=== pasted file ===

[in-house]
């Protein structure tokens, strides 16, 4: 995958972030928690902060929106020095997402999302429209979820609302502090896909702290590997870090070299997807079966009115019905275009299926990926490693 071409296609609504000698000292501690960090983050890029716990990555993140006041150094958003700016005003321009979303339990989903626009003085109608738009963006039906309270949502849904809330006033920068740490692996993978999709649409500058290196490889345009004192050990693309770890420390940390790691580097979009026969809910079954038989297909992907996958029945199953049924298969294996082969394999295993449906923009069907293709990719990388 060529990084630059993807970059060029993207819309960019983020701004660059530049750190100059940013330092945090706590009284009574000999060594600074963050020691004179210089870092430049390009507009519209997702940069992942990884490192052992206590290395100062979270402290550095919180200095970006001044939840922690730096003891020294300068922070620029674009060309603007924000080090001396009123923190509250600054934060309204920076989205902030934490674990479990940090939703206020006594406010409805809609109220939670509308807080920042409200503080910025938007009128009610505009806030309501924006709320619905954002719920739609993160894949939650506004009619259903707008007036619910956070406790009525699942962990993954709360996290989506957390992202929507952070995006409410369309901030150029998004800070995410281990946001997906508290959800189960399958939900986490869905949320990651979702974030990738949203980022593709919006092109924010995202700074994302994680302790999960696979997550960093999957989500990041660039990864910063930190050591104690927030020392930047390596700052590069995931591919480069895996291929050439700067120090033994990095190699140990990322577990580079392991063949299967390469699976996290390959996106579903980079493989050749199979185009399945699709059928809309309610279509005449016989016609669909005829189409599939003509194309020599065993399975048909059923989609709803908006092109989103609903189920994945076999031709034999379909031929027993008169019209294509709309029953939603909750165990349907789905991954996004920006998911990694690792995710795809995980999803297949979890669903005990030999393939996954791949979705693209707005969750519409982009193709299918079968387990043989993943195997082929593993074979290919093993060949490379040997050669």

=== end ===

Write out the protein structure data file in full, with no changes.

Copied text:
[in-house]
């Protein structure tokens, strides 16, 4: 995958972030928690902060929106020095997402999302429209979820609302502090896909702290590997870090070299997807079966009115019905275009299926990926490693 071409296609609504000698000292501690960090983050890029716990990555993140006041150094958003700016005003321009979303339990989903626009003085109608738009963006039906309270949502849904809330006033920068740490692996993978999709649409500058290196490889345009004192050990693309770890420390940390790691580097979009026969809910079954038989297909992907996958029945199953049924298969294996082969394999295993449906923009069907293709990719990388 060529990084630059993807970059060029993207819309960019983020701004660059530049750190100059940013330092945090706590009284009574000999060594600074963050020691004179210089870092430049390009507009519209997702940069992942990884490192052992206590290395100062979270402290550095919180200095970006001044939840922690730096003891020294300068922070620029674009060309603007924000080090001396009123923190509250600054934060309204920076989205902030934490674990479990940090939703206020006594406010409805809609109220939670509308807080920042409200503080910025938007009128009610505009806030309501924006709320619905954002719920739609993160894949939650506004009619259903707008007036619910956070406790009525699942962990993954709360996290989506957390992202929507952070995006409410369309901030150029998004800070995410281990946001997906508290959800189960399958939900986490869905949320990651979702974030990738949203980022593709919006092109924010995202700074994302994680302790999960696979997550960093999957989500990041660039990864910063930190050591104690927030020392930047390596700052590069995931591919480069895996291929050439700067120090033994990095190699140990990322577990580079392991063949299967390469699976996290390959996106579903980079493989050749199979185009399945699709059928809309309610279509005449016989016609669909005829189409599939003509194309020599065993399975048909059923989609709803908006092109989103609903189920994945076999031709034999379909031929027993008169019209294509709309029953939603909750165990349907789905991954996004920006998911990694690792995710795809995980999803297949979890669903005990030999393939996954791949979705693209707005969750519409982009193709299918079968387990043989993943195997082929593993074979290919093993060949490379040997050669």